Ted approached his compatriot. Barnabas came closer, too. With a smile he offered her a lit cigarette. She took it and inhaled so thoroughly, the men exchanged looks acknowledging they would try their mightiest to stop the Polish Airline luggage delivery. She would eventually have to improvise.

Rich and poor are interchangeable, ethically speaking. Their actions are incomprehensible to mere mortals, but they do make good stories. Take a California college senior, gorgeous looking, and often looked over Long Island Jewish kid, choosing 1967, as the year of his marriage to someone else other than his heart’s Camilla Parker Bowles. His actions, unintelligible to the ordinary mind,  are compatible to those of his gorgeous-looking, Denver-born, in-house-cook-fed, and nanny-held bride. Each fleeing their chosen destiny. Running away to California from his lower-middle class background, only to end up being drafted to fight the US war against red Vietnam. Doubtedly, he had ever eaten Vietnamese food before the fear of dying abroad struck him stiff. She dreamed of being taken seriously. So, she emancipated herself from under her daddy’s tutelage. Instead of a little girl she became a little woman to a man suddenly free and moneyed but tied down and still ashamed.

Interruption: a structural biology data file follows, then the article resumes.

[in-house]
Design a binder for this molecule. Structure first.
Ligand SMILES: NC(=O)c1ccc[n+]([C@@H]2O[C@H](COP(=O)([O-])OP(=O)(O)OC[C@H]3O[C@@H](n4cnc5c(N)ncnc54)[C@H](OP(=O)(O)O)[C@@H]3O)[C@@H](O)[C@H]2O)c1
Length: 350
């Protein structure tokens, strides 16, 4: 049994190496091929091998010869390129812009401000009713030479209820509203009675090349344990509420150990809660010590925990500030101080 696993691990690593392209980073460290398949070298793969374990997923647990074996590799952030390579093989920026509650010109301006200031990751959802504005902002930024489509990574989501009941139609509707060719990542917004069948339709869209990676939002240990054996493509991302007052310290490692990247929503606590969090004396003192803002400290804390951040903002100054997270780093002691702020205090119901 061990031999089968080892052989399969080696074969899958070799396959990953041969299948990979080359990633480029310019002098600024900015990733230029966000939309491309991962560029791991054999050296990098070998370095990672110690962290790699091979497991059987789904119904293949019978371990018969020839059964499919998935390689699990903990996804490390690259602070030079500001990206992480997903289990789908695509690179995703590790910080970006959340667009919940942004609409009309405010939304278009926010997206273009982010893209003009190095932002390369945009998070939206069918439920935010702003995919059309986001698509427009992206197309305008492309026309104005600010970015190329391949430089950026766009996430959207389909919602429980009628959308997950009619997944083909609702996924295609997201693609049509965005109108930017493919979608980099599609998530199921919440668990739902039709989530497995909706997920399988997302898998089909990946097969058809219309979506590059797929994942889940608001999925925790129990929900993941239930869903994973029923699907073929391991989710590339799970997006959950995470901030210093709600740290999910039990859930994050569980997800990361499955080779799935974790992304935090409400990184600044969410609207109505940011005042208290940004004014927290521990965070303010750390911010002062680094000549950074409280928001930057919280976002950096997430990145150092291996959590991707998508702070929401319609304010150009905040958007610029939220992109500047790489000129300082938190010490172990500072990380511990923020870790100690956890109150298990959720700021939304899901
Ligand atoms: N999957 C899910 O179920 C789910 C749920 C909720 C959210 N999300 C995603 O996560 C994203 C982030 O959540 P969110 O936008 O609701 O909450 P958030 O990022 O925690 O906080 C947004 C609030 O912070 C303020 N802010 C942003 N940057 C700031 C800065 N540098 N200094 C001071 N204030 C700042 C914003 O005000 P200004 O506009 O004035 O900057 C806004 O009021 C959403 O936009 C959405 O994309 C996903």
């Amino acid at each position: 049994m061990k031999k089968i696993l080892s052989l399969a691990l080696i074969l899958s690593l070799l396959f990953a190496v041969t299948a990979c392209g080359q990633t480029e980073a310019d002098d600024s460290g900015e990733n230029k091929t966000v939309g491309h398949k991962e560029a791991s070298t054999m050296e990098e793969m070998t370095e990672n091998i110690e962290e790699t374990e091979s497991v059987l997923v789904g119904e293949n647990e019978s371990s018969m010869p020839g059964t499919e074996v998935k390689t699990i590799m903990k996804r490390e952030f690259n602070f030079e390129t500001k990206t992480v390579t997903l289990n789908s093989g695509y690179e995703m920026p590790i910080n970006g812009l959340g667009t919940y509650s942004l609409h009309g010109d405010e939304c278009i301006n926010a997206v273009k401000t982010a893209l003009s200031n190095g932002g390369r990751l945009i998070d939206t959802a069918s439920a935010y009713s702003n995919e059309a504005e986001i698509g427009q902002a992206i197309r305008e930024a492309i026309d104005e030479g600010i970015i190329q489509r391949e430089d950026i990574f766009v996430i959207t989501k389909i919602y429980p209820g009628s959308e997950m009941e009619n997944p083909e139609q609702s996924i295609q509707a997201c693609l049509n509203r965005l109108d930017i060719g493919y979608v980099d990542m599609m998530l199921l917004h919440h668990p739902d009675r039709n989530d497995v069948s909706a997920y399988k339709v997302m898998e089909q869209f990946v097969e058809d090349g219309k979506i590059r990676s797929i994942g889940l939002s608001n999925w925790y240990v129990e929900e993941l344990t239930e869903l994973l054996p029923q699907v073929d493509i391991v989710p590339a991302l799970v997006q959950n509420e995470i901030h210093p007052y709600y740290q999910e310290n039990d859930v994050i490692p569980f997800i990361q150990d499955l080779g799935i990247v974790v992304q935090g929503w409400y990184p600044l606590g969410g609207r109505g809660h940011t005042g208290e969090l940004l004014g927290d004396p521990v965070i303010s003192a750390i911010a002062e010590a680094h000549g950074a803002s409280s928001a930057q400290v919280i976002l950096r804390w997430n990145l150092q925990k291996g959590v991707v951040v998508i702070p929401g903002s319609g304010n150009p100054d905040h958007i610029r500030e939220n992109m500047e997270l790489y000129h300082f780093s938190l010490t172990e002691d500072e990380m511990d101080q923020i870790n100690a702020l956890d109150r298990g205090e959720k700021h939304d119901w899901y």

Twenty-five years to carry that burden on such a lean body takes Sisyphean workouts.

“Hurry-up, John,” Ted said, “JoAnna is right. You’re teaching next. Copyright.”

They followed the Europeans. Her back turned, she stirred no memories, only fears of losing what had not been his. Redemption.

That night they made love and their world did not stay still until the next when she refused to exit his room taking some back stairs.

She ran into Barnabas and Ted. They were looking for her. Her roommate had alerted everyone she was missing.

“Obviously, I am not missing.”

No one could take offense with that statement.

“It was delivered this morning,” Barnabas placed her the missing luggage on the floor.